238 |
Functional imaging of brain responses to pain: A review and meta-analysis.
- Peyron, Laurent, et al.
- 2000
(Show Context)
Citation Context ....g. squares in the lower right hand corner). In contrast, the sFIR and IL models provide uniform control of the true positive rate (TPR) across each of the 25 squares. While, the TPR is slightly lower than the gamma based models in squares with minor model misspecification, both of these methods provide a clear improvement with increasing model misspecification. Experiment The results of the pain experiment are summarized in Figs. 6–7. The location of the slice used and an illustration of areas of interest(rdACC and S2, two brain regions known to process pain intensity (Ferretti et al., 2003; Peyron et al., 2000) are shown in Fig. 6. In Fig. 7A, we show results obtained after estimating the height parameter on the 12 high-pain trials for each participant using the TD model, and testing for a population effect using the summary statistics approach (pb0.01). In addition, we show a map of model misspecification in Fig. 7B. Here red corresponds to values with increased mis-modeling. In particular note the relatively large amount of mis-modeling present in the regions corresponding to S2. Figs. 7C, D shows results obtained after fitting the height parameter using the sFIR and IL models, and testing for a p... |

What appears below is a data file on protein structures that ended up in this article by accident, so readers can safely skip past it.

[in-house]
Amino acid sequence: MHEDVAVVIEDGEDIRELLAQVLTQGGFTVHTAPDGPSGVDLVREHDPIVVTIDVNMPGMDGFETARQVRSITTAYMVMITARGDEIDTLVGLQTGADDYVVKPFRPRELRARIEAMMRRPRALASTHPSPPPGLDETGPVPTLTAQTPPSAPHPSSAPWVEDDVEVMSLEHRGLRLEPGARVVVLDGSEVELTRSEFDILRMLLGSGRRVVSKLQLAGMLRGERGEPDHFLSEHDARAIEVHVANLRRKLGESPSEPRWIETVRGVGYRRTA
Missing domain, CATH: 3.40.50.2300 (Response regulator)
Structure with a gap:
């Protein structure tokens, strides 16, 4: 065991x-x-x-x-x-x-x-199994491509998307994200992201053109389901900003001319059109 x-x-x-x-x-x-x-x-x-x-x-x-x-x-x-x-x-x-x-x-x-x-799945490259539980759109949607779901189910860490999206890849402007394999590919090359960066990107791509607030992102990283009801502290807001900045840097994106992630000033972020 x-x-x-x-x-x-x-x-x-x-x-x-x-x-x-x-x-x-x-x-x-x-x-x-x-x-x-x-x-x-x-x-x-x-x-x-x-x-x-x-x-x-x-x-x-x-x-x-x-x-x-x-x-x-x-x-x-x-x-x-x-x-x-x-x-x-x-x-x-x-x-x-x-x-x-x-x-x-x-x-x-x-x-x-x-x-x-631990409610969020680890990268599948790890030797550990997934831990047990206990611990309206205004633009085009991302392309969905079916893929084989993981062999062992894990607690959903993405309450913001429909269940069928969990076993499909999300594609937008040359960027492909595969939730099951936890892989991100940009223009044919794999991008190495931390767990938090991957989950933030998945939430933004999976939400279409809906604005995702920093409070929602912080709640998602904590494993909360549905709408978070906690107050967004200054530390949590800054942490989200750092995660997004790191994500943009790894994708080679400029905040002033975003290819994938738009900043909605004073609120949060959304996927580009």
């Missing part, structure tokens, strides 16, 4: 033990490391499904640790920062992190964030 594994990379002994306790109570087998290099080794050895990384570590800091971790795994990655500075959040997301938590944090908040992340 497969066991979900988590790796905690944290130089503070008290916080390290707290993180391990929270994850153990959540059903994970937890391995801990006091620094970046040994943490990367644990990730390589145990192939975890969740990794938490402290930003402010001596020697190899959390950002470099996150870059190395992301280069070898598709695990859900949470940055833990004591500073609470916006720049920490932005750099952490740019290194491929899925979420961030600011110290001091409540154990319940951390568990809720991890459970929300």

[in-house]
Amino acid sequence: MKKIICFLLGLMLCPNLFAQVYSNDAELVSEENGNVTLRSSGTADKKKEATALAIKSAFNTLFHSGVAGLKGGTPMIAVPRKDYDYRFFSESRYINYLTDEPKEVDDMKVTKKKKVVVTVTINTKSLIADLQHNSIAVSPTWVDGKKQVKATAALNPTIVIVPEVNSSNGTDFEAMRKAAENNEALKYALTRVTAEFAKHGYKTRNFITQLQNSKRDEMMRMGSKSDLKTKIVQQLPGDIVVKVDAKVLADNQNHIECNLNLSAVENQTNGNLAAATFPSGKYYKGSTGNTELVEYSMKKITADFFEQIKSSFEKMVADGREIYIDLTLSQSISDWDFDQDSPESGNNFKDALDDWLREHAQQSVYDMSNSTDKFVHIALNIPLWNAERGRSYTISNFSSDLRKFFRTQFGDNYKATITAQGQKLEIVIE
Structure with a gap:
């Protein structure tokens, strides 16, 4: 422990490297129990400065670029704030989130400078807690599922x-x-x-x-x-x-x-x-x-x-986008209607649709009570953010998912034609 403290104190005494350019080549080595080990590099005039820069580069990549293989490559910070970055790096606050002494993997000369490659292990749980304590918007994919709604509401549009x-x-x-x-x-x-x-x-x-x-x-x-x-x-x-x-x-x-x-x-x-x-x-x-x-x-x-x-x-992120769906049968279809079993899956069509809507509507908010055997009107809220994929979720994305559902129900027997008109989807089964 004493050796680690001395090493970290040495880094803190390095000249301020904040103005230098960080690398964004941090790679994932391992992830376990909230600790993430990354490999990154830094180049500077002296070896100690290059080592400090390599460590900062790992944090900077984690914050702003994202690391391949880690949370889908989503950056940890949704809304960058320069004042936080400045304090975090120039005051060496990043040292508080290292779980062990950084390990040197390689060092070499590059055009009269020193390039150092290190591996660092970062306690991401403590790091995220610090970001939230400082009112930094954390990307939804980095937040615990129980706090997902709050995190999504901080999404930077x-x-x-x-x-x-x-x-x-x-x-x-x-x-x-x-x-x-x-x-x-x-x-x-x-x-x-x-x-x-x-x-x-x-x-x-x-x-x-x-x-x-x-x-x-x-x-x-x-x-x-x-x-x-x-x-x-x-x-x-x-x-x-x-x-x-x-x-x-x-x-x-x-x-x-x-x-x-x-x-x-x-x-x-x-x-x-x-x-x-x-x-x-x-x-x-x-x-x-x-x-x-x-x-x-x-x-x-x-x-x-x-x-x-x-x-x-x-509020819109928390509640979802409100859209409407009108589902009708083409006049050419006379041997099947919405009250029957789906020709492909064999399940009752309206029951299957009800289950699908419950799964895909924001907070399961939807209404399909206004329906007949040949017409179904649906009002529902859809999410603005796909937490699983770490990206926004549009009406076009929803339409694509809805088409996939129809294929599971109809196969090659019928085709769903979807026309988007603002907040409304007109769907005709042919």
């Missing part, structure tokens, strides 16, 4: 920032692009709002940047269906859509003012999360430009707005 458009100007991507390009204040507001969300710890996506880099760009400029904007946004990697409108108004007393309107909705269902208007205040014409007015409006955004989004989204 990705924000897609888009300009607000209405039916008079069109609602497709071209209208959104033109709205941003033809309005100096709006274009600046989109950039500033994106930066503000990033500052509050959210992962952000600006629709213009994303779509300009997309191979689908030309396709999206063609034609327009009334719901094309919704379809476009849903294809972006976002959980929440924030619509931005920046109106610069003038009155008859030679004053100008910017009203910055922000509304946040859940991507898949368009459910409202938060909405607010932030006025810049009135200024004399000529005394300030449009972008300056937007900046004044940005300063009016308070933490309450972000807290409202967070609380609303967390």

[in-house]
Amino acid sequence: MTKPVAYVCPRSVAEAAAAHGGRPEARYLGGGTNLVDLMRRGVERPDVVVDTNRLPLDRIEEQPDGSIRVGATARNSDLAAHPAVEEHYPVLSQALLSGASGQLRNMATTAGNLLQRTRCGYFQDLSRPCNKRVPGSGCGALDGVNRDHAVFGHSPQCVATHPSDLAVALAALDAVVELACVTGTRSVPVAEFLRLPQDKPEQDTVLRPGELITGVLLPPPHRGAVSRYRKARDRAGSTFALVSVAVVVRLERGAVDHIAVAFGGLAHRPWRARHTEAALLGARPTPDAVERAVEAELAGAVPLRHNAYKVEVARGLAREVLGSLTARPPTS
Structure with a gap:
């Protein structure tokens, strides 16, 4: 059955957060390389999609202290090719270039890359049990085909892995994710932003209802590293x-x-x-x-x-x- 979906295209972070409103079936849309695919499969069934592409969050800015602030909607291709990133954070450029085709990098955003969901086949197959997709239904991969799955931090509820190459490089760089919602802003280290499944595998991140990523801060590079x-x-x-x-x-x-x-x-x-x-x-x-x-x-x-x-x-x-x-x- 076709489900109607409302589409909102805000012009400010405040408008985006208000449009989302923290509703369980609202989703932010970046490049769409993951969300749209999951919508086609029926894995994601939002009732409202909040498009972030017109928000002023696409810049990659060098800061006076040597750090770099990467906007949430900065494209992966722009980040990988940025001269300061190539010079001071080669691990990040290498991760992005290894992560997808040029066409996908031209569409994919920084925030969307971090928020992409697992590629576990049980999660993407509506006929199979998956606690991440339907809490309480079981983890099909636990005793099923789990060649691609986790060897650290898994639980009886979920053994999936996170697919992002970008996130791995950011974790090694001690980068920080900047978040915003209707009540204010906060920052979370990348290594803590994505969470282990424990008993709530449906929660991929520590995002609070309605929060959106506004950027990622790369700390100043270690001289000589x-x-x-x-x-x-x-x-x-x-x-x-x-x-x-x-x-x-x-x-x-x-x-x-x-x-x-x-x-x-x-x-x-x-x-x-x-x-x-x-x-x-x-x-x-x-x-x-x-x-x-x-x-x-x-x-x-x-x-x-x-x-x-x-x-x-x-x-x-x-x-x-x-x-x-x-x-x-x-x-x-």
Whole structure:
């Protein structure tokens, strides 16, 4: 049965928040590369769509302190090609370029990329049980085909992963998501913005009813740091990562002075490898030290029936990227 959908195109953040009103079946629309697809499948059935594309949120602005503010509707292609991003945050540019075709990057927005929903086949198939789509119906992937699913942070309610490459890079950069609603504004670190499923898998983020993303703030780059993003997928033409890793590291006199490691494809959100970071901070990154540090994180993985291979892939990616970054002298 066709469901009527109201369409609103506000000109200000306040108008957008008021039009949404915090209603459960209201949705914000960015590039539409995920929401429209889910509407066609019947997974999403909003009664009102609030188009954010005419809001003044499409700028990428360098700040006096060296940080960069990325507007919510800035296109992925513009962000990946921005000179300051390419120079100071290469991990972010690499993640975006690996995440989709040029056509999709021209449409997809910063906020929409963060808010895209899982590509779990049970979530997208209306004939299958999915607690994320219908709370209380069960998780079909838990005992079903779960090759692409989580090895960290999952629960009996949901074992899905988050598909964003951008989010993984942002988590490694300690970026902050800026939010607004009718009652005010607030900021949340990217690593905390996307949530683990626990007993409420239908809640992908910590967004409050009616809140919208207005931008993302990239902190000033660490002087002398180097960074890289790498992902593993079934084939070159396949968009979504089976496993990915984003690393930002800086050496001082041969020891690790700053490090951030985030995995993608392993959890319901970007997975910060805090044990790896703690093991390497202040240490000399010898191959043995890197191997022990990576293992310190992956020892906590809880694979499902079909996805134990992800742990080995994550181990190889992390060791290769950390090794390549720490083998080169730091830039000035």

230 |
The variability of human, BOLD hemodynamic responses
- Aguirre, Zarahn, et al.
- 1998
(Show Context)
Citation Context ...every time-point within a given window of time following stimulation in every cognitive event type modeled (Glover, 1999; Goutte et al., 2000; Ollinger et al., 2001). Thus, the model is able to estimate an HRF of arbitrary shape for each event type in every voxel of the brain. There are a number of models that fall somewhere between these two extremes. A popular choice is to use a combination of the canonical HRF and its derivatives with respect to time and dispersion (Friston et al., 1998b; Henson et al., 2002). Other approaches include the use of basis sets composed of principal components (Aguirre et al., 1998; Woolrich et al., 2004), cosine functions (Zarahn, 2002), radial basis functions (Riera et al., 2004), spline basis sets, a Gaussian model (Rajapakse et al., 1998) and spectral basis functions (Liao et al., 2002). Also, a number of researchers have used nonlinear fitting of a canonical function with free parameters for magnitude and onset/ peak delay (Kruggel and von Cramon, 1999; Kruggel et al., 2000; Lindquist and Wager, 2007; Miezin et al., 2000). In general, the more basis functions used in a linear model or the more free parameters in a nonlinear one, the more flexible the model is in me... |